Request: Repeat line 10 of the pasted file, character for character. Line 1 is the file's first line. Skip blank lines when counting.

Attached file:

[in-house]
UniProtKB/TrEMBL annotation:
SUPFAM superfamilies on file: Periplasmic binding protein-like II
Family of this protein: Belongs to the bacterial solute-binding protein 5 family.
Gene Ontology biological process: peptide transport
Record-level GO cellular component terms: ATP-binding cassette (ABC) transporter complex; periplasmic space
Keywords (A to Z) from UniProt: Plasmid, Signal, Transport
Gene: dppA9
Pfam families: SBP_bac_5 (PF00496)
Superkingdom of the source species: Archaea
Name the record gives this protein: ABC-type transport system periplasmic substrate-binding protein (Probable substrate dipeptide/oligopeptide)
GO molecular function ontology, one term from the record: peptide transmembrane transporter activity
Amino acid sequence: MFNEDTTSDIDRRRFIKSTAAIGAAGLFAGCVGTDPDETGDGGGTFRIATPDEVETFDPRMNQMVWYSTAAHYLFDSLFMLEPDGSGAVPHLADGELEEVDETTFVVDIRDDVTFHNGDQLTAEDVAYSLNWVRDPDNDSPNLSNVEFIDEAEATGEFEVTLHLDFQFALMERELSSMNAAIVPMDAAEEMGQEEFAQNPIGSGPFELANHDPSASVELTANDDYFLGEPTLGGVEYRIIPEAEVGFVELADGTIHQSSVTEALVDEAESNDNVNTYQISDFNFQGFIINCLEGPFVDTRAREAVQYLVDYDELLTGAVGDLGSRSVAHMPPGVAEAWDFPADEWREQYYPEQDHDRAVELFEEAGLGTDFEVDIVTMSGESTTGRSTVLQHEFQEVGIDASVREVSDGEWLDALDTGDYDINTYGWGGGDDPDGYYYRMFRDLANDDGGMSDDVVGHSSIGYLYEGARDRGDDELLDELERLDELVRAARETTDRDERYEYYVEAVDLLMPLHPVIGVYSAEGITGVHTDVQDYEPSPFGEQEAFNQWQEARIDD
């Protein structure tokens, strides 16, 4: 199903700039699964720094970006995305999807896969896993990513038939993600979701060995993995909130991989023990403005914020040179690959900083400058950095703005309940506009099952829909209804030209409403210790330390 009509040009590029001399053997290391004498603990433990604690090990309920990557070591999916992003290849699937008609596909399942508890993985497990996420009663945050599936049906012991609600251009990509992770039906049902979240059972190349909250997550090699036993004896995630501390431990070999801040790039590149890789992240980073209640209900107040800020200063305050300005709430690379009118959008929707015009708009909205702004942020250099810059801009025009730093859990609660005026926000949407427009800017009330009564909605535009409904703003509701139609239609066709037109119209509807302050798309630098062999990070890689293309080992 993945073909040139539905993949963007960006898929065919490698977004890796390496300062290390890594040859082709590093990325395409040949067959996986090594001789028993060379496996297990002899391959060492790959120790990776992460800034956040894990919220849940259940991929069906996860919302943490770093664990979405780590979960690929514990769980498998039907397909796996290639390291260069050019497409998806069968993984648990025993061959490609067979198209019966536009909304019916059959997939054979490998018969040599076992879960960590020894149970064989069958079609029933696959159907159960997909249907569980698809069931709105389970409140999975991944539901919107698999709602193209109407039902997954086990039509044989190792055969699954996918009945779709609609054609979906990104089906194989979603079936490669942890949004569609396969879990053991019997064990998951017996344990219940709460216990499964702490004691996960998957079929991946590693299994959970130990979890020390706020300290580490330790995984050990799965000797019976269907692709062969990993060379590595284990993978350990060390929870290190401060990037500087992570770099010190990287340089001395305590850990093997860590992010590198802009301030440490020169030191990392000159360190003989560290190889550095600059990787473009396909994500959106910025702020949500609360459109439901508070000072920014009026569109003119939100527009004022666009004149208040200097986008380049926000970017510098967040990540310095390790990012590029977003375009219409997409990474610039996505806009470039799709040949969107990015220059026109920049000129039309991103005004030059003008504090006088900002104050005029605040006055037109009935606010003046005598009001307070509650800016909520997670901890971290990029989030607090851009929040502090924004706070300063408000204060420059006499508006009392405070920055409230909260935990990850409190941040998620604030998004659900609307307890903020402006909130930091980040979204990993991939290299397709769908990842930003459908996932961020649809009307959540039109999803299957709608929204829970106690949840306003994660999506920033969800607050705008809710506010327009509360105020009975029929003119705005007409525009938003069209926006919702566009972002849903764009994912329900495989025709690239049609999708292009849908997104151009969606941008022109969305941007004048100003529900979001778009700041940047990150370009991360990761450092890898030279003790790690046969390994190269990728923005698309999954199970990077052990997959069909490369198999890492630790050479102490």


Superkingdom of the source species: Archaea